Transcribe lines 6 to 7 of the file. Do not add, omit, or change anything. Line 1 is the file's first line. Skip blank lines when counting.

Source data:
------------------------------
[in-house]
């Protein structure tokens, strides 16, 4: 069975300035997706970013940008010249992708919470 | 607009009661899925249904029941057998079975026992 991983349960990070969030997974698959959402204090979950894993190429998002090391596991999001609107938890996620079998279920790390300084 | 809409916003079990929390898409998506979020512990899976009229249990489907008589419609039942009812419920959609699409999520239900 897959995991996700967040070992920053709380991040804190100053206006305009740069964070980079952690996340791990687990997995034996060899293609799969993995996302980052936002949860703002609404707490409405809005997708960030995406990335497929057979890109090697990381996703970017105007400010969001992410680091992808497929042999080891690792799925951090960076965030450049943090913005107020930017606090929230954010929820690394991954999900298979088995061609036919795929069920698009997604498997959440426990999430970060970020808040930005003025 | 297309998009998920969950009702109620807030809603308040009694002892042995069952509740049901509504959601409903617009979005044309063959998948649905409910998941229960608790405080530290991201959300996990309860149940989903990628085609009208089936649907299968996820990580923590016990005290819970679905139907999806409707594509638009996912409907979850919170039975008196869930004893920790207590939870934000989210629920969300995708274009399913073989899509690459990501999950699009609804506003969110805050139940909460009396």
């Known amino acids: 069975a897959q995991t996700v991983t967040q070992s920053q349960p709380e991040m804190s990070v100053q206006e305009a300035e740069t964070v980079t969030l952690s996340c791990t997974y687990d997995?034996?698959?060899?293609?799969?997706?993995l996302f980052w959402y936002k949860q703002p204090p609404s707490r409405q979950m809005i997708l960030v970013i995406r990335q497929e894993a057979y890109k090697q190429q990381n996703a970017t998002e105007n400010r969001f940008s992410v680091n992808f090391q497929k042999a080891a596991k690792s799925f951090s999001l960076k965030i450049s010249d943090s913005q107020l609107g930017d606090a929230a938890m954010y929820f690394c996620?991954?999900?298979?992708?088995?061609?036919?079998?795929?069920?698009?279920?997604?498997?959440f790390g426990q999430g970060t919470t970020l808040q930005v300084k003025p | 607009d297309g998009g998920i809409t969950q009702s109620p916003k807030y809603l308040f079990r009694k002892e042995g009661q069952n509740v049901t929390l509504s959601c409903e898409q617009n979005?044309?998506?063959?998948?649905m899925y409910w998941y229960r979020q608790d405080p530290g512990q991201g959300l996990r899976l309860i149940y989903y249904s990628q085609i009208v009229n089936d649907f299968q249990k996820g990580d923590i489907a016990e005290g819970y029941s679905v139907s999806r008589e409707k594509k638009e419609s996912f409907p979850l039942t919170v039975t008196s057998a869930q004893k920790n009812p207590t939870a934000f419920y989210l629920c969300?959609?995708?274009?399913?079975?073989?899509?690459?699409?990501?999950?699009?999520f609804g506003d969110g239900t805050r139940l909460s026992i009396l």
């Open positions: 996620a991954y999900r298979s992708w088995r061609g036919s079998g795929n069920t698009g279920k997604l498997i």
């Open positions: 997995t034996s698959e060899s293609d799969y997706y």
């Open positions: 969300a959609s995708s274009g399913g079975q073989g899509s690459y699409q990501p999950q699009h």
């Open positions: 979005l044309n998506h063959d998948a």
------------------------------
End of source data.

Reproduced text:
């Open positions: 969300a959609s995708s274009g399913g079975q073989g899509s690459y699409q990501p999950q699009h």
């Open positions: 979005l044309n998506h063959d998948a």